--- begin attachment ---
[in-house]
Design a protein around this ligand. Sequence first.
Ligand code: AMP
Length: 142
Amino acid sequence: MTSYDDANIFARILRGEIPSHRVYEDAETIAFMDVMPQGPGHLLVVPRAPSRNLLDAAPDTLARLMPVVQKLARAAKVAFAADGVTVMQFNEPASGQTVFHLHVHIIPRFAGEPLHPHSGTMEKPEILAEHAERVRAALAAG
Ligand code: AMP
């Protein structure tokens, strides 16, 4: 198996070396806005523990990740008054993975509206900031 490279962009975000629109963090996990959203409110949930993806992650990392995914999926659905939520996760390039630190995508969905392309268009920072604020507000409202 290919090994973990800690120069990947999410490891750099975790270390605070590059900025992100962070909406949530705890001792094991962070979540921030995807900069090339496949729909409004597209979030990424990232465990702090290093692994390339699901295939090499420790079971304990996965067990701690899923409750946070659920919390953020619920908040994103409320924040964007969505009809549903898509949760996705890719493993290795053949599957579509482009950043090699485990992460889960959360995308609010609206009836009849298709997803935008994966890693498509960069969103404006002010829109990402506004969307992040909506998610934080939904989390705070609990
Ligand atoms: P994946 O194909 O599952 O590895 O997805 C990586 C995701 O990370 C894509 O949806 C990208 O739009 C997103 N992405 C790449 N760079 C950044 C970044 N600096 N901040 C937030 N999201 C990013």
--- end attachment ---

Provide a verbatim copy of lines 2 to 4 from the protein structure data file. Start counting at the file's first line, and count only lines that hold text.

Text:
Design a protein around this ligand. Sequence first.
Ligand code: AMP
Length: 142